The Senate Commerce Committee yesterday passed the “Rural Reasonable and Comparable Wireless Access Act of 2018” (S. 2418), a bill that would direct the FCC to develop a formula for determining typical urban mobile broadband internet access and ensuring that rural areas have access to comparable service.
“This legislation will help us bridge the digital divide like exists in my state and throughout other parts of rural America. While progress has been made when it comes to access to rural broadband, we still have too many areas that continue to fall behind,” said the bill’s author, Senator Shelley Moore Capito (R-WVA, pictured) during a committee mark-up session.
The bill would direct the FCC within the first six months of enactment to adopt a rulemaking to determine whether “mobile broadband service available in rural areas is reasonably comparable to mobile broadband service provided in urban areas.” The Commission also would be required to provide Congress with progress reports every six months on progress toward establishing the new standard.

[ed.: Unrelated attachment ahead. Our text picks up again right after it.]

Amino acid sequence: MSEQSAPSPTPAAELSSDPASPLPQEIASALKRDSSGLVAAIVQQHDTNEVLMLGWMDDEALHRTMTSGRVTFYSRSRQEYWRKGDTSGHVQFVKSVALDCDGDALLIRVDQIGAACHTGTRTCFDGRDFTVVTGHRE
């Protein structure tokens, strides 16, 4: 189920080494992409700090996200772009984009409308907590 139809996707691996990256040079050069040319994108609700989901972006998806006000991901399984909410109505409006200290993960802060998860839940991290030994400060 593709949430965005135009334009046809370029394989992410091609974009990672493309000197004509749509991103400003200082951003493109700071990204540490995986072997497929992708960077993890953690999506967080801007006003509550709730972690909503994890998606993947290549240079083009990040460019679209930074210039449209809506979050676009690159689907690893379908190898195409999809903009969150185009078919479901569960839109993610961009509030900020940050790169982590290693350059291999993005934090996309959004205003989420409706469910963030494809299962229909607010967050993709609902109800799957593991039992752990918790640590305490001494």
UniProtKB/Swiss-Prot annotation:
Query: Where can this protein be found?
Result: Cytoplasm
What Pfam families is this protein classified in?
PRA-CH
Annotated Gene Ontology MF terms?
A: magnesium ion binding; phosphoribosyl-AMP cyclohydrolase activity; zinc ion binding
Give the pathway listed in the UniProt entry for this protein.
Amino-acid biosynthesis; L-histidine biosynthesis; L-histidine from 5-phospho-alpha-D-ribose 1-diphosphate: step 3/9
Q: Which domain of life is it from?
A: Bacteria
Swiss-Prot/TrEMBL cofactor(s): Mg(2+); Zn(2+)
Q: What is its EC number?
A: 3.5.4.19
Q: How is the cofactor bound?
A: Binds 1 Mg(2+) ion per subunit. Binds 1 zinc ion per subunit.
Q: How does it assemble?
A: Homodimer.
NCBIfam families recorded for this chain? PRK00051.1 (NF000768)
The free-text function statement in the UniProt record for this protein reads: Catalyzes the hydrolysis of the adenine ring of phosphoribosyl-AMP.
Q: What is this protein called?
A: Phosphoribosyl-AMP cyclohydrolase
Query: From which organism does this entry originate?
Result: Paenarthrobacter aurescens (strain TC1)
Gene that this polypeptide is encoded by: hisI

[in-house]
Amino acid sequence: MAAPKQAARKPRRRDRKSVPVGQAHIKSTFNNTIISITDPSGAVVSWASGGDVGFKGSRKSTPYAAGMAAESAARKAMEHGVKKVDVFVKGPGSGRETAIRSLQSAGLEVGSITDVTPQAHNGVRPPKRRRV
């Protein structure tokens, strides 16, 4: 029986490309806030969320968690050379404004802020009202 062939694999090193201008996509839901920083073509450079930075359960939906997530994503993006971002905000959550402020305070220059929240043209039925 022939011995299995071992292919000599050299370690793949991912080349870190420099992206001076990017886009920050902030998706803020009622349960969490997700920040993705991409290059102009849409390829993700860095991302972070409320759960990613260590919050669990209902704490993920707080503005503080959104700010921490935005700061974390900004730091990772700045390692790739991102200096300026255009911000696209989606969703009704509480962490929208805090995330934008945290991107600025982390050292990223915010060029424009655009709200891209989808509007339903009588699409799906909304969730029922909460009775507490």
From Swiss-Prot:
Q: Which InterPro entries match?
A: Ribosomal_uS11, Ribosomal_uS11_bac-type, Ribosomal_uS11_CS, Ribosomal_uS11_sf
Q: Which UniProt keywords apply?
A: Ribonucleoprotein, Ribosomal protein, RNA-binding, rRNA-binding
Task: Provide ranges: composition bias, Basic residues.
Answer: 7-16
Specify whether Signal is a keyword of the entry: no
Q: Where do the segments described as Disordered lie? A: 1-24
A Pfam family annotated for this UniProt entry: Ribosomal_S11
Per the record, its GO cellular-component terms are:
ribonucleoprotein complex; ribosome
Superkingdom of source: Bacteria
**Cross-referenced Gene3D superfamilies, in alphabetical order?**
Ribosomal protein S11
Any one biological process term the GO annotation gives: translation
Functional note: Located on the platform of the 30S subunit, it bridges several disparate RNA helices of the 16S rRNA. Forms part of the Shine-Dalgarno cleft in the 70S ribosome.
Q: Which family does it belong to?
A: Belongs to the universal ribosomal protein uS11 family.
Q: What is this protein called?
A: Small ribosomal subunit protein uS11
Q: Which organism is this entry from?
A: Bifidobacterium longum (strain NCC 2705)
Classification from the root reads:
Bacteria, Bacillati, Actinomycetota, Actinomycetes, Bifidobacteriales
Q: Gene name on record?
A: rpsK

Once the commission establishes the standard, any rural area with mobile services falling below the benchmark would be deemed “underserved” for universal service funding purposes.
The bill defines “rural” as any area served by a rural “school or library” as defined under other existing statues or areas currently served by a rural telephone company. The bill directs the FCC to measure the average mobile broadband speeds in top 20 most populated U.S. Metropolitan Statistical Areas to make the comparison.
The bill made it through committee in the Senate quickly after being introduced in February 2018 but could face conservative opposition on the Senate floor. The House version of the bill (HR 2903) was introduced back in June 2017 and has been stuck in the Energy and Commerce since.